Camp History

The John Ingram Bivouac No. 5 was organized in Jackson in 1888, being affiliated with the Tennessee Association of Confederate Soldiers and Camp No. 37, United Confederate Veterans, Tennessee Division.

The United Confederate Veterans is a general association having organizations in all of the Southern states, each organization being known as a Bivouac. The local organization in Jackson is known as Camp 37, Tennessee Division and was established in 1891. It is identical in membership with the John Ingram Bivouac.
In 1889 the association of United Confederate Veterans was organized at New Orleans and since then has held annual reunions in various cities of the South.
The John Ingram Bivouac originally had 250 regular and 6 honorary members. In the long stretch of years since its founding many brave men who wore the gray in the stirring days when cannon-balls shrieked and took their toil of death, have passed to their reward.

Of the 250 original members of John Ingram Bivouac but 163 are now living. Jackson is proud of the fine old gentlemen, stooped and seamed by the passing years, who fought so gloriously for a principle they believed right and these noble men, in the evening of their lives, are aided and helped by the loving ministrations of the Musidora C. McCorry Chapter No. 5 of the United Daughters of the Confederacy, organized in

Jackson in April 1895.
The good ladies of this organization devote special attention to the care of Confederate cemeteries, erection of monuments to the heroic dead. decoration of their graves and looking after indigent veterans. Musidora C. McCorry Chapter No. 5 has endeared itself not only to the veterans whom it has aided so nobly, but it has also gained the approbation of all the younger citizens of Jackson who realize the spirit in which the kind deeds are done.

The spirit and progress of the city of Jackson is but a reflection of the untiring efforts of these fine old veterans and the good women of all denominations who have always fostered all that was best in civic development. The business history of Jackson, subsequent to the Civil War, was made by the veterans of many a hard fought campaign who returned from the strife of battle to enter the business arena.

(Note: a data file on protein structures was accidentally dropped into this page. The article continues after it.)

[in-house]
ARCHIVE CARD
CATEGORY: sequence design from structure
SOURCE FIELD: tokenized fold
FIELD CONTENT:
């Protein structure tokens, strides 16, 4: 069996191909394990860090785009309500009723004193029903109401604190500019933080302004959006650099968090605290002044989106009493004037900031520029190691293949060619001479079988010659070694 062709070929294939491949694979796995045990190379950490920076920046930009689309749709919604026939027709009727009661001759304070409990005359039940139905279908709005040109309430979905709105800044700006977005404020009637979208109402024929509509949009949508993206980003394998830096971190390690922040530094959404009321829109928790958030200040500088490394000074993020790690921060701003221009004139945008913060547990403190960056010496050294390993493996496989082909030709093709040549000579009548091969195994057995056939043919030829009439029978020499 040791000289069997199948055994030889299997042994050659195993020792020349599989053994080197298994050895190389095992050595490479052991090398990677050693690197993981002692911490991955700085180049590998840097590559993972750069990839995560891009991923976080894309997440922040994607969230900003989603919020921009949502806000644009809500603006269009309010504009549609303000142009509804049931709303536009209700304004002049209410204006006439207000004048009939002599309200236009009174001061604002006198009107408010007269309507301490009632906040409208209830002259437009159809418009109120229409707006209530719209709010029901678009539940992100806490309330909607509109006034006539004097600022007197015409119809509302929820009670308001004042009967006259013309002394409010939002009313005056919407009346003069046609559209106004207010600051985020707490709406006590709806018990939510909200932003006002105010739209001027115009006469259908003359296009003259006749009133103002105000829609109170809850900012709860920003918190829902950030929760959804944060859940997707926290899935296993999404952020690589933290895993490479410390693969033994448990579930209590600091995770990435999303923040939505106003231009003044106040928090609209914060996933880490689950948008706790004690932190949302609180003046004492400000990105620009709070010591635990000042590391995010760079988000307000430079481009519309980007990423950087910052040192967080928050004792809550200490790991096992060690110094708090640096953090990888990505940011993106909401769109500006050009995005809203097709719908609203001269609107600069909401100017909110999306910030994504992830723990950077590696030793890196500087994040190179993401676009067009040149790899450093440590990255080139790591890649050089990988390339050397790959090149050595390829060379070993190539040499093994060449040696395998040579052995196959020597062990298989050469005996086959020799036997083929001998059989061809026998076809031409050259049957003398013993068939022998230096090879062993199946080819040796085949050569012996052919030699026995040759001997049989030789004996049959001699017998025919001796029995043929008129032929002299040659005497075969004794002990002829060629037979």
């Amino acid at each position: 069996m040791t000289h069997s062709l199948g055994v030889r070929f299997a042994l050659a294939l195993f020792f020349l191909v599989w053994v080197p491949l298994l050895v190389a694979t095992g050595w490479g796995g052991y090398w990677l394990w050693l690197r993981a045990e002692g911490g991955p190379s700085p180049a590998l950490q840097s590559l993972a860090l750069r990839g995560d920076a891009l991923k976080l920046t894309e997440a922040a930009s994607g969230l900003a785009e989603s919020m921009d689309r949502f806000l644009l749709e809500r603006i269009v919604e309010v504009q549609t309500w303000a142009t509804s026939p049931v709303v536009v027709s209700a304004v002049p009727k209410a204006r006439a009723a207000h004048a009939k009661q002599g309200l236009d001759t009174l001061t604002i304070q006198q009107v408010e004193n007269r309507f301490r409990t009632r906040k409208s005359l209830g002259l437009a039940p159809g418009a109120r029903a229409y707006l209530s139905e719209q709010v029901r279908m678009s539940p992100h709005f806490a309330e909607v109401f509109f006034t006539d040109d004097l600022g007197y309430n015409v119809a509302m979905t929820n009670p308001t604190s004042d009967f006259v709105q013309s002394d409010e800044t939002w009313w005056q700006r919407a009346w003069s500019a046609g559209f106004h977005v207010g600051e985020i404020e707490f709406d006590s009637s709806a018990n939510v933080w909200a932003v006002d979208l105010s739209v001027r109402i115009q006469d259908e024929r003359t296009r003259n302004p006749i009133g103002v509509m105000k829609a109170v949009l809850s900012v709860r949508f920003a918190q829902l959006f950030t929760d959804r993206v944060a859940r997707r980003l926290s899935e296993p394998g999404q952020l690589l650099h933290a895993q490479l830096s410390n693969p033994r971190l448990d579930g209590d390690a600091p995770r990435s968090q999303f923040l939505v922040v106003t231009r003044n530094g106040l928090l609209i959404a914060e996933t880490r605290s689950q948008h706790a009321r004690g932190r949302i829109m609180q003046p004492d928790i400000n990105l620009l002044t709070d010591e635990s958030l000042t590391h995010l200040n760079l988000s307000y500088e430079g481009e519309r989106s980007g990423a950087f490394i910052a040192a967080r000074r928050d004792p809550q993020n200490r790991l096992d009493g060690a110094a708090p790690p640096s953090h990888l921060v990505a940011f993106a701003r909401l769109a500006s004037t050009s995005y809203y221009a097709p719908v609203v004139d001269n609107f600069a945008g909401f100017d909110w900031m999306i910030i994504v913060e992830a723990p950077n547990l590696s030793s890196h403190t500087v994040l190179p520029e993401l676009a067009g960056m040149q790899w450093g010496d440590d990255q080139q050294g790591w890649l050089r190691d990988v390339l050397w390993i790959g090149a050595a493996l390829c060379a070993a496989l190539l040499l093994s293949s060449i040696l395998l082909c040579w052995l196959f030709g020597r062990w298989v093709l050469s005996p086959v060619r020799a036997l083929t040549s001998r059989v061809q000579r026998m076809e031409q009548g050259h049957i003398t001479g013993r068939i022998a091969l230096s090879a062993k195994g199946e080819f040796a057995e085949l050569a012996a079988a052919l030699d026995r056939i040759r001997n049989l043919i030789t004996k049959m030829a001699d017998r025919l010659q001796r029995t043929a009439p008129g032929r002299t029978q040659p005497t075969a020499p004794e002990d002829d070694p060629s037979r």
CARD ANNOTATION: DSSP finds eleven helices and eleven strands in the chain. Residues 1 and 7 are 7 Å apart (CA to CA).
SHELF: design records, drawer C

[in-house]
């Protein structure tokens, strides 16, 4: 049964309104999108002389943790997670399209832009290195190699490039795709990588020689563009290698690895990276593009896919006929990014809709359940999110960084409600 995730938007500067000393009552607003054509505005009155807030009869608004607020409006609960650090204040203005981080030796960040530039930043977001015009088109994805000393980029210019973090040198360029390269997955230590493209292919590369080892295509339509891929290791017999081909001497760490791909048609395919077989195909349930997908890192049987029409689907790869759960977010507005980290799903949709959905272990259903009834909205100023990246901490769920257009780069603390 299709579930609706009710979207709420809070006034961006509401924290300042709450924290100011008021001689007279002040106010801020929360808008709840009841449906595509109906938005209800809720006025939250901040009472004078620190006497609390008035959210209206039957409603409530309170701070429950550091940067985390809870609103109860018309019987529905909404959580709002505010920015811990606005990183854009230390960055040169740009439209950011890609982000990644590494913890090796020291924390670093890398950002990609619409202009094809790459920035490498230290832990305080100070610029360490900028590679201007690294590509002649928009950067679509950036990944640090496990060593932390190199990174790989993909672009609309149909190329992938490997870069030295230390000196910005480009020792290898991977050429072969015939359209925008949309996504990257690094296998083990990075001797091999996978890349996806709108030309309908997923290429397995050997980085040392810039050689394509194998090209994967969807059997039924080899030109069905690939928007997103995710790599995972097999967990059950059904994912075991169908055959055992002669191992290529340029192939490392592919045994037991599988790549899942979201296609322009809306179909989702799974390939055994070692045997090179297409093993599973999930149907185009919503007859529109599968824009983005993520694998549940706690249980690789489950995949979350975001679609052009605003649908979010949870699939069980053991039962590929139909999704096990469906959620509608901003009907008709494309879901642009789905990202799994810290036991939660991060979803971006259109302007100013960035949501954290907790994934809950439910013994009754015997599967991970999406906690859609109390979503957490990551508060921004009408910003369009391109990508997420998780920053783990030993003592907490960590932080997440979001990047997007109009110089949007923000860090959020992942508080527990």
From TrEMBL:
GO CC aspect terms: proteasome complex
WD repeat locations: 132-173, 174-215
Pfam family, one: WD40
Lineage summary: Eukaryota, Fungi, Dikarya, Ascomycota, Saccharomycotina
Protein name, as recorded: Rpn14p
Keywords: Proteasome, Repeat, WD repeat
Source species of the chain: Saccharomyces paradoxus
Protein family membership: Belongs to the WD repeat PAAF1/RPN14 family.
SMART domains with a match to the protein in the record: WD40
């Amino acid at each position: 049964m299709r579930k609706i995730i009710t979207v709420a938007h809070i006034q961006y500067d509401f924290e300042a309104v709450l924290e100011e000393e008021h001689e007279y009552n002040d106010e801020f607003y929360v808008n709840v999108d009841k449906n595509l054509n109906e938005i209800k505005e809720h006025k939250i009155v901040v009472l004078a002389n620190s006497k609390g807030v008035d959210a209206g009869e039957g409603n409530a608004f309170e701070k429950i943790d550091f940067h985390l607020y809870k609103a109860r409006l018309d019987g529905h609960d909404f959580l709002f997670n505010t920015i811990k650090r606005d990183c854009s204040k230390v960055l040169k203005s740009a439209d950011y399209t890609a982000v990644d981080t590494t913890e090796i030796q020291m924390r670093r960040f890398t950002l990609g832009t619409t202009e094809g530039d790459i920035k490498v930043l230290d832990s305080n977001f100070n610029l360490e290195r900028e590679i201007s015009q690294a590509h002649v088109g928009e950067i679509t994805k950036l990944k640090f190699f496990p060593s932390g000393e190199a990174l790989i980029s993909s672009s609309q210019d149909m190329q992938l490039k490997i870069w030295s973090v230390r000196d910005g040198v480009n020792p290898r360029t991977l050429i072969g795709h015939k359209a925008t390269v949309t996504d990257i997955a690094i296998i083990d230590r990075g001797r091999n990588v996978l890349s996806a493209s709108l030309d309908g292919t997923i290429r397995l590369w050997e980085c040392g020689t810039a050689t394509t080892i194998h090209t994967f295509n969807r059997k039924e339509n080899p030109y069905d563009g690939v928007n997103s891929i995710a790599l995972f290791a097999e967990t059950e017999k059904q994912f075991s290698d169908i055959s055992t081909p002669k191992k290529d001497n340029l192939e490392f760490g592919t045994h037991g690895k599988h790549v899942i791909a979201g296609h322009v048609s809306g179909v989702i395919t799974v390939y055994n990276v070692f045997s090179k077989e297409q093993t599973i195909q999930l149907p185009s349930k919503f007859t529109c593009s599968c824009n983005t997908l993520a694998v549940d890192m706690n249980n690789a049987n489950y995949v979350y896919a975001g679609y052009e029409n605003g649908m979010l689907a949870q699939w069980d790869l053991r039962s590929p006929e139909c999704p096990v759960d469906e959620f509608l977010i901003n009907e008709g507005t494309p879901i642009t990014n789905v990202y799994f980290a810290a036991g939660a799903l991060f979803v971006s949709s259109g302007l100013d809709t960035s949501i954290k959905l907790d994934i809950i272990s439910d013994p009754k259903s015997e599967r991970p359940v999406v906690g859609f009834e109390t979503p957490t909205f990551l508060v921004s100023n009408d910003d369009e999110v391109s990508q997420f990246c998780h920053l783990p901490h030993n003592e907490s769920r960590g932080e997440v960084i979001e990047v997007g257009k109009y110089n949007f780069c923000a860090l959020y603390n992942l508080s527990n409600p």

Many of the survivors are still in active business, while others have retired, turning their affairs over to their sons.
Jackson is proud of them and is made better by their
benign Influence and ripened knowledge of all phases of life.

Source: THE JACKSON SUN, May 30, 1923


Commander Blankenship at Capt. John Ingram's gravesite.


History of the Denmark Danes


The "Denmark Danes" was organized by John B. Ingram on May 15, 1861 as the 6th Tennessee Regiment Company K.

The regiment was organized for the Provisional Army of Tennessee at Camp Beauregard (Camp Fair), Jackson, on May 23, 1861. It moved to Union City on May 26, 1861, where it was reported on July 31, 1861, with 851 men, armed with flintlock muskets. From Union City it moved to Camp Blythe, near New Madrid, Missouri, where it was transferred to Confederate service, and placed in a brigade with the 9th Tennessee Infantry Regiment with Colonel Stephens in command of the brigade, in Brigadier General Benjamin F. Cheatham's Division. It was present at Columbus, Kentucky, but not actively engaged in the Battle of Belmont November 7, 1861. On March 9, 1862 the brigade, still under Colonel Stephens, was enlarged by the addition of the 7th Kentucky Infantry, the 21st Tennessee Infantry Regiment, and Smith's Mississippi Battery.
Following the evacuation of Columbus, Kentucky, the regiment moved to Corinth, Mississippi, via Humboldt and Union City, and was heavily engaged in the Battle of Shiloh on April 6-7. At Shiloh, the brigade consisted of one battalion from Maney's 1st Tennessee, the 6th and 9th Tennessee, the 7th Kentucky Regiments, and Smith's Battery. Colonel Stephens was in command till 2:30 P.M. on April 6, when Colonel George Maney took over command. The regiment suffered casualties at Shiloh of nearly 500 men, and several companies reported the loss of their muster rolls and company records.









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